President Donald Trump wants to slap tariffs on Mexico if it doesn’t slow migration to the United States, but experts on trade and Latin America warn that the measures could end up driving even more people to head north.

Frustrated by continued arrival of migrants fleeing poverty and violence in El Salvador, Guatemala and Honduras at the U.S. border, Trump said Tuesday that he would start imposing a 5% tariff on imports from Mexico, increasing to 25% in monthly increments through Oct. 1 if the country fails to take unspecified steps to halt the migration.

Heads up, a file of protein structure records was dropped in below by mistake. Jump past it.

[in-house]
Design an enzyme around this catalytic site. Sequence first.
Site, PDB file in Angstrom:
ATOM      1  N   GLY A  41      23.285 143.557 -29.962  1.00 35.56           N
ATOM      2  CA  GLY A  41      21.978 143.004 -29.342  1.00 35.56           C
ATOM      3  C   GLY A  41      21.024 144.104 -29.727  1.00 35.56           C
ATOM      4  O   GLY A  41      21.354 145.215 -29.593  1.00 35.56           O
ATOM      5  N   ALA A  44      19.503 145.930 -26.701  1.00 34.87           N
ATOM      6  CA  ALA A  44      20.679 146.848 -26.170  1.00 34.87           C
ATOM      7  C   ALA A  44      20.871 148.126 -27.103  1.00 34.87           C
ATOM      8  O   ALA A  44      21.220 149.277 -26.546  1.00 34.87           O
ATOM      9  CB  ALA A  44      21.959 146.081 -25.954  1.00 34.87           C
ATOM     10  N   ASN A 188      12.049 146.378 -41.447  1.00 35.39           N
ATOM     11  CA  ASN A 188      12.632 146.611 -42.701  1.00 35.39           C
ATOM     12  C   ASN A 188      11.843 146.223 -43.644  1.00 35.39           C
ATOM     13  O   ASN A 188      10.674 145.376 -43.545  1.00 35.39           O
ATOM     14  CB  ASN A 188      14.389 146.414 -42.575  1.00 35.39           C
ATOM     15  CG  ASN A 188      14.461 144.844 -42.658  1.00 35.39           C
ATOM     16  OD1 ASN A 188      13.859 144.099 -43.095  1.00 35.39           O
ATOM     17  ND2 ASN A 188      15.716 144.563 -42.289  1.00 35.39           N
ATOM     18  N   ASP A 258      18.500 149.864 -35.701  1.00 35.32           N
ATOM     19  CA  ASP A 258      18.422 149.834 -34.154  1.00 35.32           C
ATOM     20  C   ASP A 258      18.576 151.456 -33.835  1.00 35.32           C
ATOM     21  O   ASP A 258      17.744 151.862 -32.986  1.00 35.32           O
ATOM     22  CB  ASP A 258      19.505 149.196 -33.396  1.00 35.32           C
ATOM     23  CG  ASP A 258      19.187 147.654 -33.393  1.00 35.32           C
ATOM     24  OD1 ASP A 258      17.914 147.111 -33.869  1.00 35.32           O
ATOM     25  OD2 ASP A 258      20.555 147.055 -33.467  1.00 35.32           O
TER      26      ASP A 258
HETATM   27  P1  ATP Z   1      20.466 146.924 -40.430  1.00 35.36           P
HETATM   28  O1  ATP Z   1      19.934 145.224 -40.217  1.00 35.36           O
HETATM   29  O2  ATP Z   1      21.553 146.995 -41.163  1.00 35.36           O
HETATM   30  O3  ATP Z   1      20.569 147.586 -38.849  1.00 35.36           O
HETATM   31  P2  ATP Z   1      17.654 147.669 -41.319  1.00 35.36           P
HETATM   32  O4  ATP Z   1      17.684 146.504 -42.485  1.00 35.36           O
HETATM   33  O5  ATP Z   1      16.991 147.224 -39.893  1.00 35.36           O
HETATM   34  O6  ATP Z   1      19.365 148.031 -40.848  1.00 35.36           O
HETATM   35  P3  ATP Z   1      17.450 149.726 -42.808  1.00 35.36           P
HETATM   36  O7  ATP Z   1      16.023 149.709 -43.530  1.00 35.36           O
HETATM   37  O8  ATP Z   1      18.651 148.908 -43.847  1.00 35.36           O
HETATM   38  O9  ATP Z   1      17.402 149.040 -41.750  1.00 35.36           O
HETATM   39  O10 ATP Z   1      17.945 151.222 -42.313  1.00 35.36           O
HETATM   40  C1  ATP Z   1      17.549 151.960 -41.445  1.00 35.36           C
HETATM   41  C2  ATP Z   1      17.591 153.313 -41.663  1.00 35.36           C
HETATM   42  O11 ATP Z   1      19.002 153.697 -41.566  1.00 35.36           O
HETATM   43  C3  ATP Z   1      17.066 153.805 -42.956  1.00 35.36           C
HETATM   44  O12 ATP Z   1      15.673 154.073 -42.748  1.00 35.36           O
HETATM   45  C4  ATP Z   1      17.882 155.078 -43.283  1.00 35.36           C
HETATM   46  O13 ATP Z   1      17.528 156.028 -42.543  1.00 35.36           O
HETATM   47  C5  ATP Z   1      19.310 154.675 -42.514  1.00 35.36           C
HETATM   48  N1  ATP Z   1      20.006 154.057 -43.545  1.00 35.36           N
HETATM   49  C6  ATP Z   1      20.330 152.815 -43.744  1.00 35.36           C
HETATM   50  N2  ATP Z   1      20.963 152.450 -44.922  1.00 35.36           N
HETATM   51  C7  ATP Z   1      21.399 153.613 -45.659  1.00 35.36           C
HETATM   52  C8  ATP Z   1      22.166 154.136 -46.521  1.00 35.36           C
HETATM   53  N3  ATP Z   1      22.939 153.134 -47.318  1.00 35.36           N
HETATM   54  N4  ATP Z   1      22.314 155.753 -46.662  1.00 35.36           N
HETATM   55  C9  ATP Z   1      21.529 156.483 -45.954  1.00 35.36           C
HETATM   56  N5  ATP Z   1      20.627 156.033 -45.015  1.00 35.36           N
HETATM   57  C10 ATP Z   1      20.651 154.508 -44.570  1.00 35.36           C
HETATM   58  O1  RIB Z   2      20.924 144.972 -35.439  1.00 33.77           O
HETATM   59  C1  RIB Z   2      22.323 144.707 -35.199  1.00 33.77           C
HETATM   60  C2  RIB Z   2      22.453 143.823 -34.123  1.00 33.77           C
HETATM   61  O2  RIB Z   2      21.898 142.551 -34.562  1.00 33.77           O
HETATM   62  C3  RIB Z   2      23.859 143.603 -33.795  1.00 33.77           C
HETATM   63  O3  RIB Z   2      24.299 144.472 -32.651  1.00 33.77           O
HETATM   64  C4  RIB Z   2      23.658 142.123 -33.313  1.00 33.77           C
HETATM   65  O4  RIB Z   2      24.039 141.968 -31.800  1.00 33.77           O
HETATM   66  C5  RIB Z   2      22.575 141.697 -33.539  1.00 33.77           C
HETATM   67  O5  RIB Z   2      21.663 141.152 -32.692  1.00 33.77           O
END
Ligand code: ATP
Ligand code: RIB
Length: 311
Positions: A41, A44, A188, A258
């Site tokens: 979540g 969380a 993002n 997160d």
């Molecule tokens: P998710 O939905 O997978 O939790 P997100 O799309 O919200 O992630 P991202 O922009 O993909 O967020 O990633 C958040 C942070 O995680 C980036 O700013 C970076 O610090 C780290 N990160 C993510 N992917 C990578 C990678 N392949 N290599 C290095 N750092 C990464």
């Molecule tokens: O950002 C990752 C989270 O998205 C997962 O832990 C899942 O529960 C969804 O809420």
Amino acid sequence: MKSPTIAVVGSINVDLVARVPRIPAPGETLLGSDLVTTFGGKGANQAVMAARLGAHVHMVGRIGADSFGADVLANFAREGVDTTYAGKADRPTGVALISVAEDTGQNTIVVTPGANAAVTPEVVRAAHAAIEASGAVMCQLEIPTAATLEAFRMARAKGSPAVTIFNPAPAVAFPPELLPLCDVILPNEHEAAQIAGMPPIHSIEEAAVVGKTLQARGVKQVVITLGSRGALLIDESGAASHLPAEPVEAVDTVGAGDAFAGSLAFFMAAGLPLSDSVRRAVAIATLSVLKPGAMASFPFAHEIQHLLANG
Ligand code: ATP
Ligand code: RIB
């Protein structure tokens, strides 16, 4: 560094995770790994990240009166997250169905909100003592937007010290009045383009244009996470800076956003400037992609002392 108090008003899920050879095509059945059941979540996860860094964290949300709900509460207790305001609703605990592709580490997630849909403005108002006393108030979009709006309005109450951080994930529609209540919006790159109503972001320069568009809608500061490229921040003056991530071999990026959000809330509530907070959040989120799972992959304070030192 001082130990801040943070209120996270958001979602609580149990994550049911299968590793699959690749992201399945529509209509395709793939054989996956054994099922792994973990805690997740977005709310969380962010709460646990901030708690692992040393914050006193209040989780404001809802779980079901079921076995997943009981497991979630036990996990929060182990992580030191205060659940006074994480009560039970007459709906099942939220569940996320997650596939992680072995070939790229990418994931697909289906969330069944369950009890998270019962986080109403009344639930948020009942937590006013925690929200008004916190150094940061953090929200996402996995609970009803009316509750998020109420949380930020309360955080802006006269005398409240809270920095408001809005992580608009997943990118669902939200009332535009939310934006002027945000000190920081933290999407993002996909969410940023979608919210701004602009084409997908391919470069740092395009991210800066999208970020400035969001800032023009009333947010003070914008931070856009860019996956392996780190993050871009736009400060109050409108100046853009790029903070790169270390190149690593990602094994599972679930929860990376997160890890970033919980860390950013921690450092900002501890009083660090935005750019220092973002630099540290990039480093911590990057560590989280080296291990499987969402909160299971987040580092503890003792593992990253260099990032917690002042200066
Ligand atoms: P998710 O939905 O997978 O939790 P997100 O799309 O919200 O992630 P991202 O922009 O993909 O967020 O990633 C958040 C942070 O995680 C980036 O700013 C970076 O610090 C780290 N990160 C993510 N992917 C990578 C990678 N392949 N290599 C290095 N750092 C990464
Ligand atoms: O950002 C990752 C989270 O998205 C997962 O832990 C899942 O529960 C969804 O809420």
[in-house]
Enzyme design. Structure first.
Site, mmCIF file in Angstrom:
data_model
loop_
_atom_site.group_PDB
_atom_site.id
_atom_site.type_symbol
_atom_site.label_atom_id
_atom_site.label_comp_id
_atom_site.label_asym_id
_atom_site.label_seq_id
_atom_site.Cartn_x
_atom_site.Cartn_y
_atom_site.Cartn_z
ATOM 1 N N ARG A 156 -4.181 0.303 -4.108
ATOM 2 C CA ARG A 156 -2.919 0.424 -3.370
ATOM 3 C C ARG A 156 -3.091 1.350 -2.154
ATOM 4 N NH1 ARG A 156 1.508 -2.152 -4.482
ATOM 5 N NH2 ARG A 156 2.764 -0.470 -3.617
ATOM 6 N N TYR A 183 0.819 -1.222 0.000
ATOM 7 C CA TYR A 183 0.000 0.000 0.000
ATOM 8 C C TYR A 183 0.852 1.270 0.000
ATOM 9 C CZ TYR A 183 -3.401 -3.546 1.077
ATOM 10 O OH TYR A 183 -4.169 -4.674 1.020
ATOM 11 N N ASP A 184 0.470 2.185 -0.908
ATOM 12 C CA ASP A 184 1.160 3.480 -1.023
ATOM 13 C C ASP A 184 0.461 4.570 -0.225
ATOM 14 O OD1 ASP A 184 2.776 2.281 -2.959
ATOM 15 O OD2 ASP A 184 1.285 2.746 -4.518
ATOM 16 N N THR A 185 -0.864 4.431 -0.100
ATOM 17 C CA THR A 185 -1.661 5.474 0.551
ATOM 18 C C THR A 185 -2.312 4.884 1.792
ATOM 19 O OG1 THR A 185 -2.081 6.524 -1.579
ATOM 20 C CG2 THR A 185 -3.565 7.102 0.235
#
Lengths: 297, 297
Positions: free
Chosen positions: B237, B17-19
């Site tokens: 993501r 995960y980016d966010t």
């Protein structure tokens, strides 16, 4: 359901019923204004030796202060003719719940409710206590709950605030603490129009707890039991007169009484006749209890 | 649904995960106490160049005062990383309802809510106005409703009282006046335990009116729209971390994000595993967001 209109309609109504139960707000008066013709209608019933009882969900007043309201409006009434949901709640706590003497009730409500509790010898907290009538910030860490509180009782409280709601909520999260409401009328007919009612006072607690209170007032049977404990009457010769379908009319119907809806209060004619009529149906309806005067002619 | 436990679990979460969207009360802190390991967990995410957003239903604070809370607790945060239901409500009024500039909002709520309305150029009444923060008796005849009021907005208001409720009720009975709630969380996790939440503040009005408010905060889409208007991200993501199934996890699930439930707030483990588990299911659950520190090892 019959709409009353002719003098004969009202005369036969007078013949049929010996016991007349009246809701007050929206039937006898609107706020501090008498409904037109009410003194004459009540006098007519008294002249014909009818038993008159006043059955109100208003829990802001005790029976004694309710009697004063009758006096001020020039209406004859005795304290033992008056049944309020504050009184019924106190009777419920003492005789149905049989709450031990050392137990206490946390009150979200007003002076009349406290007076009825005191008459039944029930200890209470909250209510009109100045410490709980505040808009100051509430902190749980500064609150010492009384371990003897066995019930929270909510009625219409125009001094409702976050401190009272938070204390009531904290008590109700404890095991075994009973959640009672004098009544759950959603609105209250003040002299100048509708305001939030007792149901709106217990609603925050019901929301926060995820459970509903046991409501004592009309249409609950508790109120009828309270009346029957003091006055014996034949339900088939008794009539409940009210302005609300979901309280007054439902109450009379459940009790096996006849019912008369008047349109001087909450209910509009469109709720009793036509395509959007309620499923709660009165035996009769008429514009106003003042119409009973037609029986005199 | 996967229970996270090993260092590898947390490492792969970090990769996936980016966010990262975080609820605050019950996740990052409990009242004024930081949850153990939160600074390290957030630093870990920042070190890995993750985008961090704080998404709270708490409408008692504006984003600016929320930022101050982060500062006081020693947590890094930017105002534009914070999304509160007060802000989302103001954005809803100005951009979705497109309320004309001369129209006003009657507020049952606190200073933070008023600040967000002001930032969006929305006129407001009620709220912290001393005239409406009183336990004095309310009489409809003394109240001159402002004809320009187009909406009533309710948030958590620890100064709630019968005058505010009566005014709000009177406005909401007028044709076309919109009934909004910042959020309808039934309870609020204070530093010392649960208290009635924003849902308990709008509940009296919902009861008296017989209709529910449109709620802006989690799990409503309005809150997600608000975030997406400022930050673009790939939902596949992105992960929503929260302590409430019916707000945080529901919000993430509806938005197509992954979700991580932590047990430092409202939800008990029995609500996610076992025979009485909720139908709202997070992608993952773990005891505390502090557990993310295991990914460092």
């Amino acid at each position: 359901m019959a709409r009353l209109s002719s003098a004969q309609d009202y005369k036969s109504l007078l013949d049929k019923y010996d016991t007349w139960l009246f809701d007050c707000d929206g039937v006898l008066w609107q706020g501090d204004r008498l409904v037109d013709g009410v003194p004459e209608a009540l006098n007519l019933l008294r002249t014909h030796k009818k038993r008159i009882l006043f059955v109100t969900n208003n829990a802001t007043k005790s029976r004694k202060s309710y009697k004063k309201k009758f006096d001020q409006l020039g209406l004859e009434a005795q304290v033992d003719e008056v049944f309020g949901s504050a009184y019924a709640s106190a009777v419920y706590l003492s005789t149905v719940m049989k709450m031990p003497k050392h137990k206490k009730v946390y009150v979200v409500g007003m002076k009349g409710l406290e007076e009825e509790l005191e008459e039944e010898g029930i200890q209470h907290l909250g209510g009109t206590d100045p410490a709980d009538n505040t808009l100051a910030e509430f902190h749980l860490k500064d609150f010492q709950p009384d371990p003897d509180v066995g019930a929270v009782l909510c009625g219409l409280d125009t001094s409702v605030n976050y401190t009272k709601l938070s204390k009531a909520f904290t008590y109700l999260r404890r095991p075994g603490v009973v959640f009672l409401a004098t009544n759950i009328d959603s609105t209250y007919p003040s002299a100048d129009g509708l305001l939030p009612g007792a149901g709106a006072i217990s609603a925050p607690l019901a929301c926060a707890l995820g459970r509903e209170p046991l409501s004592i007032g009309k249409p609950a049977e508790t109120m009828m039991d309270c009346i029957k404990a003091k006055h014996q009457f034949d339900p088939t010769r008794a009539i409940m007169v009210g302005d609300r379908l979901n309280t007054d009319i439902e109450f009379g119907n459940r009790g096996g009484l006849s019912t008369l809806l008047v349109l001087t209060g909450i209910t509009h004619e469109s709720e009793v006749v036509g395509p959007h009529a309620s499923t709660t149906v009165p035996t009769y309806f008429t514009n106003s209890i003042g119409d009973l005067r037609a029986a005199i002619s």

But the tariffs would probably push the already-stagnant Mexican economy into recession, sending a new wave of migrants north, as similar conditions did in the early 2000s, said Shannon O’Neil, a senior fellow for Latin America studies at the Council on Foreign Relations in New York.